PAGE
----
Example essay task which supports learners to reflect on a resource they've just read/watched and gives some automatic feedback (after the learner presses Submit) which helps them to self-assess and gives a "what's in it for them". 

Completing independent practice tasks or quizzes (made from our huge range of task types).

Thumbnails of our many different task types:
Our many different task types in iQualify means you (and your learners) will never get sick of the same old multiple choice questions!

The teacher-led station

The teacher-led station usually involves small group teaching and feedback. The teacher may have already looked at some formative iQualify tasks from learners and have some concepts or skills to go over. Or they may be extending learners' current thinking. Either way, as this station is teacher-led, learners may not be doing quite as much in the online course as in other stations.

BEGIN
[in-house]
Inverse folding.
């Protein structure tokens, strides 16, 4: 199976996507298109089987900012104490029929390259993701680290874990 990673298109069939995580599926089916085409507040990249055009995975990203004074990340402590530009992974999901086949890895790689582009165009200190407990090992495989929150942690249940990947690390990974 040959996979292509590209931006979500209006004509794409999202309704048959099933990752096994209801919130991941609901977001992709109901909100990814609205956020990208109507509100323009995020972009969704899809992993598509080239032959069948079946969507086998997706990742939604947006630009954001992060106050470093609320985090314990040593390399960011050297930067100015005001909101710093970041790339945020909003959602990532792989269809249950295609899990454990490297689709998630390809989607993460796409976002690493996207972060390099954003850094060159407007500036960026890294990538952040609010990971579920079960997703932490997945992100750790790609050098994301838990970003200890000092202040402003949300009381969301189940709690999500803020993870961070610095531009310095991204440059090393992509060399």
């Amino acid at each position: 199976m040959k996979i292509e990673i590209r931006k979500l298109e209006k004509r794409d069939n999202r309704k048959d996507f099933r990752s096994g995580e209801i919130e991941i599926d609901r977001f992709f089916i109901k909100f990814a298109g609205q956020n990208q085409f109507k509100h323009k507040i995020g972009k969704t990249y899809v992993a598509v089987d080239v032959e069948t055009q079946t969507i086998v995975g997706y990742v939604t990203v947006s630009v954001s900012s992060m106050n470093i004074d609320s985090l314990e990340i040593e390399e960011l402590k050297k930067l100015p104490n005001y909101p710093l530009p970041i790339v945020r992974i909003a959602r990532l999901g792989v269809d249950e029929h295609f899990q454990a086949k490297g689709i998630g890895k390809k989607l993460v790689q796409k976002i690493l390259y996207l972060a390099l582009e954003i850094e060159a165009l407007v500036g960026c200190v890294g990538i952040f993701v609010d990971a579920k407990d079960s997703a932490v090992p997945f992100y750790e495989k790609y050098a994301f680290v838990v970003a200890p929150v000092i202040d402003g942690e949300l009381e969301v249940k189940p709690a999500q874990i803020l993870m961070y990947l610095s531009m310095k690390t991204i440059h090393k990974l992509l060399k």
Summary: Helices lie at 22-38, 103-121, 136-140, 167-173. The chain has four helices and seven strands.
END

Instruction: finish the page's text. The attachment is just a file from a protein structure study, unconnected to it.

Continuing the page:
Instead, you might simply want learners to reflect on their session with the teacher and what they learned/gained from it. This reflective task can act as a handy way to store their notes to come back to later.

The no tech station

In the no tech station, learners will usually be completing "offline" activities. Things like journaling in a notebook, reading a book, or creating a graphic organiser to self-check their knowledge of the content. But, there are still advantages to capturing the completion of these offline tasks within the online course - both learners and facilitators can see all their work in the one place and easily see where they're at.

Class Console in iQualify showing which tasks a learner has completed and how they were marked.